Last month as I planned to travel to the Type-A Parent blogging conference, an unexpected mix-up found me without a room at the conference hotel. Based on a friend's recommendation, and encouraged by a drastic reduction in price, I made a reservation to stay at a local hostel.
Hostels, if you are not familiar with them, are generally open-plan, dormitory-style lodging options for typically younger travelers. There is little privacy, and general conveniences - kitchen, bathroom, living area - are shared.
I had been warned that since this particular hostel was located in the upstairs of a building occupied by a popular bar below, I should expect some noise. And in fact, when I checked in, the woman at the desk made sure to point out the large basket of free earplugs to her left.
It did not take long to see that the warnings were justified; I arrived after 9:30 on my first night, and the bar downstairs was full. To top it off, someone was playing live music - singing along to a piano, no less - and the crowd was certainly enjoying the performance.
The noise inside the hostel was significant, too. People talking about their day, watching television, washing dishes, doing laundry - all until just after midnight.
And yet, the most surprising thing happened to me. None of the noise bothered me a bit. Something inside of me clicked early on that first night of my 3-night stay: this noise had nothing to do with me. I wasn't responsible for making it stop, wasn't responsible for what was being said or done. No one was calling to me through the noise, asking anything of me, needing anything from me. The noise simply had nothing to do with me.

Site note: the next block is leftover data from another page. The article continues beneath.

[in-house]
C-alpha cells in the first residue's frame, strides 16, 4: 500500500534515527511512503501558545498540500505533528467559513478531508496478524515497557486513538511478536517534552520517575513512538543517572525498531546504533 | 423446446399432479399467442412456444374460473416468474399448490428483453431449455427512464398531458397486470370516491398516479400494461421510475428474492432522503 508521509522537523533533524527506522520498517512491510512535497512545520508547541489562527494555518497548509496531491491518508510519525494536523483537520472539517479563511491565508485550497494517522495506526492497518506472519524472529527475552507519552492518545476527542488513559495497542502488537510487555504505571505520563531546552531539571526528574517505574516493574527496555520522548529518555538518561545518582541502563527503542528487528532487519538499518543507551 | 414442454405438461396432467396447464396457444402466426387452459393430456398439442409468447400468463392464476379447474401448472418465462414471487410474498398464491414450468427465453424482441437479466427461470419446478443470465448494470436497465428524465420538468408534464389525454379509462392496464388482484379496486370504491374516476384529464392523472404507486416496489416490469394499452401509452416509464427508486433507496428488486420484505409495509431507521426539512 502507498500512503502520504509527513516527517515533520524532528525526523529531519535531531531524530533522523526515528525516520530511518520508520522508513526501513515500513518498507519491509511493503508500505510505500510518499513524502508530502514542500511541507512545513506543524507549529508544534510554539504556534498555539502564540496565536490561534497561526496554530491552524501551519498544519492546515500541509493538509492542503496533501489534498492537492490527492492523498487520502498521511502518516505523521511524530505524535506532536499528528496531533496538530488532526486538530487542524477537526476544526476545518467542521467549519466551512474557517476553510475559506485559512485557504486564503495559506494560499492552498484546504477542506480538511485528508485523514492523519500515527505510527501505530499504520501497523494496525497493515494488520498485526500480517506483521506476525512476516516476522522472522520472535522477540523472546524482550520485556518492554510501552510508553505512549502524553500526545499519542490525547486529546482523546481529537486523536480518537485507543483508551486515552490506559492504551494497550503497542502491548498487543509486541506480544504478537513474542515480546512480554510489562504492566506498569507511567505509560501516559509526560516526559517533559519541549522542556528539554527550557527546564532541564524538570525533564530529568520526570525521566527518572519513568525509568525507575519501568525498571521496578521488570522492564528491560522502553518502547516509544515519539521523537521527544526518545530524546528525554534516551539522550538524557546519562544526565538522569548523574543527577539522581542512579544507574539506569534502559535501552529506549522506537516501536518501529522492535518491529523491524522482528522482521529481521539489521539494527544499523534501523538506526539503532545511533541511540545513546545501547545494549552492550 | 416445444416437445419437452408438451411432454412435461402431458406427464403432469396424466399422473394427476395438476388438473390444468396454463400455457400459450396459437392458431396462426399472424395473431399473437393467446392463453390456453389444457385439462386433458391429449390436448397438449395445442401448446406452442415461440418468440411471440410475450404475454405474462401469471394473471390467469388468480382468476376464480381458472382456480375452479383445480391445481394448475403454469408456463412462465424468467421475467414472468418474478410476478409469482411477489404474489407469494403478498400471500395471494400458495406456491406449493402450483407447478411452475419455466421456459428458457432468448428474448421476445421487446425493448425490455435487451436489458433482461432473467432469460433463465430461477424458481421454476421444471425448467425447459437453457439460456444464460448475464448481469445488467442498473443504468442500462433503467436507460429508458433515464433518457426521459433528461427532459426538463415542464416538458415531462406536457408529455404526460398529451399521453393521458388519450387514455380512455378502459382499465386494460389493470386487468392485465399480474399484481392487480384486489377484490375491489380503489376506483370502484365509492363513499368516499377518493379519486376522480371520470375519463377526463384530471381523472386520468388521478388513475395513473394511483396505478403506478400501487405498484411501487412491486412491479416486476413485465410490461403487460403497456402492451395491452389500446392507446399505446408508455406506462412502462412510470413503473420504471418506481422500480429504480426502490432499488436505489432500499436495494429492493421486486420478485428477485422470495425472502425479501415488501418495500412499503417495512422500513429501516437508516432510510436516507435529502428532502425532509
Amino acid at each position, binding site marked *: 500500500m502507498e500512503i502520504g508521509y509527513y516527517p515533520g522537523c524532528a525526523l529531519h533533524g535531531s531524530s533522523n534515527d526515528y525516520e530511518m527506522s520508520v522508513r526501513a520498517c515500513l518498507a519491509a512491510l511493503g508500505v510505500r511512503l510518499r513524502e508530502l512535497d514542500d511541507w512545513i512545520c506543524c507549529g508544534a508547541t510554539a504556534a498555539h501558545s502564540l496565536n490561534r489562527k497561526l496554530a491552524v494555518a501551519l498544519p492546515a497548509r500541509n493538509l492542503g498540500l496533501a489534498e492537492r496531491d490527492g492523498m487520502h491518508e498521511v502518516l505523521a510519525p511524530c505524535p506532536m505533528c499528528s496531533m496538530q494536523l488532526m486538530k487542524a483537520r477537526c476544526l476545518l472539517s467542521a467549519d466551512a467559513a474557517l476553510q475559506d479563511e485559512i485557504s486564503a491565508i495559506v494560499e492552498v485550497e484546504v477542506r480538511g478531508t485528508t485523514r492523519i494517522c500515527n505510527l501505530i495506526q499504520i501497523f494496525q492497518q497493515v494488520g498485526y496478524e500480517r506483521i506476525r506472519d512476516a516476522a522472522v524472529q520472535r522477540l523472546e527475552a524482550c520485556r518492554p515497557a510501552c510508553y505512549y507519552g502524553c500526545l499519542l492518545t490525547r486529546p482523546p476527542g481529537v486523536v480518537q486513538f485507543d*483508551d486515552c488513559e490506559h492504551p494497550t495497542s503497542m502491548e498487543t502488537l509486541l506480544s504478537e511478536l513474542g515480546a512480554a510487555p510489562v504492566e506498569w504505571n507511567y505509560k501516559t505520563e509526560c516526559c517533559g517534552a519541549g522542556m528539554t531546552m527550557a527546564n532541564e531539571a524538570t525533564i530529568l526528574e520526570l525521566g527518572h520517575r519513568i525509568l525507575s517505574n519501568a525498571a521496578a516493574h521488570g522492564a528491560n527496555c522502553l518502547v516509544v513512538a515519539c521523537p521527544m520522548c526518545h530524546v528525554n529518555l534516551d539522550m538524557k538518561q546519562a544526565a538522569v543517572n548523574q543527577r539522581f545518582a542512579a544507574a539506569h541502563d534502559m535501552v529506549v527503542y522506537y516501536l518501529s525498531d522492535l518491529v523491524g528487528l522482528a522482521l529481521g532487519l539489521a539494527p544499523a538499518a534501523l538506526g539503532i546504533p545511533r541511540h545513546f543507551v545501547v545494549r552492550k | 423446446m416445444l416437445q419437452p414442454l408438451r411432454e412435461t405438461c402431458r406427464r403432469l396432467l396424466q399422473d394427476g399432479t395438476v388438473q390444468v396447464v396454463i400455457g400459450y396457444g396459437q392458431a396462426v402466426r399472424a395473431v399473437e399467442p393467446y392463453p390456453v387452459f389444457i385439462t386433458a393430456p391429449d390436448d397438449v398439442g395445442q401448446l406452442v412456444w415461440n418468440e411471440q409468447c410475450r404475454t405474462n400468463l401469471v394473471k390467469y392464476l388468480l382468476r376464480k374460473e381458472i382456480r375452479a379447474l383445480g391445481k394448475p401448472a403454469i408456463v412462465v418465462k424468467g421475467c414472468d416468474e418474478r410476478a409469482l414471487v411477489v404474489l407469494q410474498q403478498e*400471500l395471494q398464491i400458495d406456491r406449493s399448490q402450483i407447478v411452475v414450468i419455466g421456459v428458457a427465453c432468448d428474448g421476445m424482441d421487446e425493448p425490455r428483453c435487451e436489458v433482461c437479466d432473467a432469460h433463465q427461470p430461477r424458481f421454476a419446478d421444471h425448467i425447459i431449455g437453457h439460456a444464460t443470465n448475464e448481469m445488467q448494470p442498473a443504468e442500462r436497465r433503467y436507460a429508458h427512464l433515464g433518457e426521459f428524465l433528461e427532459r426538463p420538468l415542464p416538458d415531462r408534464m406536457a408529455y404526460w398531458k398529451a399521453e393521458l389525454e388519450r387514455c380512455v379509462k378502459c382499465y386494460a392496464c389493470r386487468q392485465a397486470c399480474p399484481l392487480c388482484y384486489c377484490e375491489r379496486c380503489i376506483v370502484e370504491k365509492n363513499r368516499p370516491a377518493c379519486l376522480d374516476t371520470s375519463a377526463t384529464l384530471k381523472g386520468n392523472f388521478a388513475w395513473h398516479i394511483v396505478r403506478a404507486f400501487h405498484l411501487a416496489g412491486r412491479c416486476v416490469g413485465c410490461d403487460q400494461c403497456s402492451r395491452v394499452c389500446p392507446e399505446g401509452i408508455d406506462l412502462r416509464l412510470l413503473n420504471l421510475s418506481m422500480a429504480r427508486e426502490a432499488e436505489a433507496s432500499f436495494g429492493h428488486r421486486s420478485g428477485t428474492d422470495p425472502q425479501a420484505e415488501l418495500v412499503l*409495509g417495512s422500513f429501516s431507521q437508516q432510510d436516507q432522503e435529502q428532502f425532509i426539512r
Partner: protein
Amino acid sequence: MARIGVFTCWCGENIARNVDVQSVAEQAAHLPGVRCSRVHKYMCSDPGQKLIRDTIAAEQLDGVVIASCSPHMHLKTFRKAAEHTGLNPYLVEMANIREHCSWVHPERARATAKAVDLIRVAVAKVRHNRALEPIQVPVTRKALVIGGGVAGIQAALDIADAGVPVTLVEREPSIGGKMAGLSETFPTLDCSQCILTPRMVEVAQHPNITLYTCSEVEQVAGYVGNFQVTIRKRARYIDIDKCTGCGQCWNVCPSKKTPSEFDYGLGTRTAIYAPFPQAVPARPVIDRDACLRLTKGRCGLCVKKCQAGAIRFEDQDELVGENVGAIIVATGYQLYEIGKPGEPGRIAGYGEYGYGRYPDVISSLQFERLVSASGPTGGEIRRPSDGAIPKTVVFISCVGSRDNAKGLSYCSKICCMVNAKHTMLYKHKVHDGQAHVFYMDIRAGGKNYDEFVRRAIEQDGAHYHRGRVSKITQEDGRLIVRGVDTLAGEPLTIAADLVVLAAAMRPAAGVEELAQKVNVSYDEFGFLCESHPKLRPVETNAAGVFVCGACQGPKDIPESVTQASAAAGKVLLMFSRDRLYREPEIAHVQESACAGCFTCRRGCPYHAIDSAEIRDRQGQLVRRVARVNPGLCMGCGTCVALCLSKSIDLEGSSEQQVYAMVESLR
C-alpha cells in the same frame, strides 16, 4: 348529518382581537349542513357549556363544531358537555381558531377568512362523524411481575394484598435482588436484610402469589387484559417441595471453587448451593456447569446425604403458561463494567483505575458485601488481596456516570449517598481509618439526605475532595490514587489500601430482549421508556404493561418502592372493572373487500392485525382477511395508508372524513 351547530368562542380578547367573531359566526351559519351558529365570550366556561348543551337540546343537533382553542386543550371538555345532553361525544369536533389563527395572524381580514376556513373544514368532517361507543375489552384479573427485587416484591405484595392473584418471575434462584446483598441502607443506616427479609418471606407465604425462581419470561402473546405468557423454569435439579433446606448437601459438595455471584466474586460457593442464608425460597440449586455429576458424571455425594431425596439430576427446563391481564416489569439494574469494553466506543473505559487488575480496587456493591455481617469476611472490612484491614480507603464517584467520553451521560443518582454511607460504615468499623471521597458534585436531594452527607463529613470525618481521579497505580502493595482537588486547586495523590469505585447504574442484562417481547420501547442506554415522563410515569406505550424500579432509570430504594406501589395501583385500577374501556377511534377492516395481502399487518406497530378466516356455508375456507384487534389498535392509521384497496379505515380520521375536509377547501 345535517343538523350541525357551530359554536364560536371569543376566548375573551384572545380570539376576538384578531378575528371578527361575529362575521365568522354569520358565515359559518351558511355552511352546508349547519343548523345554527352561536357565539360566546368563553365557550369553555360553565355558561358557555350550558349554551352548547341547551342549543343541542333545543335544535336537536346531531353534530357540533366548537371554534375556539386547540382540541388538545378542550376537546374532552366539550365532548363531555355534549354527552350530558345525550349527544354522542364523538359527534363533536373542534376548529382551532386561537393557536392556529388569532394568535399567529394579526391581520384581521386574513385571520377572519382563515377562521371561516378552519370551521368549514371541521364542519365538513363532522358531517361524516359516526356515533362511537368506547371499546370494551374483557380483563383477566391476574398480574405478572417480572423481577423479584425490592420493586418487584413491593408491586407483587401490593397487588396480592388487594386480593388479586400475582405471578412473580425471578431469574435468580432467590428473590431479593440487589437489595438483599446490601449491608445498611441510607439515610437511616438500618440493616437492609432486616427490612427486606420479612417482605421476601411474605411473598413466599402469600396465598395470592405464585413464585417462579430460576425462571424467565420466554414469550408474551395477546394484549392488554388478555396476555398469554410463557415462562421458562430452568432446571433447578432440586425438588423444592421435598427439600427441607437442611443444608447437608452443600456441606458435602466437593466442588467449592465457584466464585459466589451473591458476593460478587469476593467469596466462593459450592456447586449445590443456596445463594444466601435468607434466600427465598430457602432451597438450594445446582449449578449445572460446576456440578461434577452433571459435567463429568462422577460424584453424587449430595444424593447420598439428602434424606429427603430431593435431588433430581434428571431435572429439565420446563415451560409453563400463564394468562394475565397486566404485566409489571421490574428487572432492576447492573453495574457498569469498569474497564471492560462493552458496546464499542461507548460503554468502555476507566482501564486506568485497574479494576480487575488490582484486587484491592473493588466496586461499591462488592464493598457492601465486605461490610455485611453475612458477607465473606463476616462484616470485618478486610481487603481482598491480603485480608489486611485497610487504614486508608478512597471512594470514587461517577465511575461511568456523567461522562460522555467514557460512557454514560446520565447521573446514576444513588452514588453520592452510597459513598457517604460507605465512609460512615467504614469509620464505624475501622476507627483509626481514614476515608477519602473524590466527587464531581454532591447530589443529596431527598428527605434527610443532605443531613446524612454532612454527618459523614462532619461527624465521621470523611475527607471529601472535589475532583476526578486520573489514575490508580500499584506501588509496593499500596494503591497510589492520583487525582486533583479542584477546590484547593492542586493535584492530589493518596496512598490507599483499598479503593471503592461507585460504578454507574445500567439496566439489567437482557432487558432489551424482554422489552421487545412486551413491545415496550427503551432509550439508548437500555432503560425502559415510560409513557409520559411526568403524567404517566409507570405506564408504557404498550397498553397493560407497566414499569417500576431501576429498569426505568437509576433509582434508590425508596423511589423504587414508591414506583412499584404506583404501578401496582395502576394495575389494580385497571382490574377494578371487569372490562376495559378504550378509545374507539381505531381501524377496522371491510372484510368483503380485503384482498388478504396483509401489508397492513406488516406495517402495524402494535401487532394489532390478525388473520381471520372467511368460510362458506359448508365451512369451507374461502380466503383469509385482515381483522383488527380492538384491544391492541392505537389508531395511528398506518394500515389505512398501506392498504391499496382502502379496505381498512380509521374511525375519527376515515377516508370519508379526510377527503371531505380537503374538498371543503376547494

It was a liberating to be so detached from what was happening and simply allow myself to relax. I slept fairly well all three nights, and without earplugs.
The experience made me wonder: is this a lesson I could apply to life?
How often do we become consumed with the "noise" around us, whether it involves us or not? How often are we distracted or just generally affected by things that maybe have nothing to do with us at all?
My guess is that this happens to each of us in some form or another. So my challenge is this: determine what truly demands your attention, and what does not. Figure out if the noise has anything to do with you. And when it doesn't, tune it out. Release yourself from that concern, and allow yourself to relax. It may mean a better night's sleep for you, too.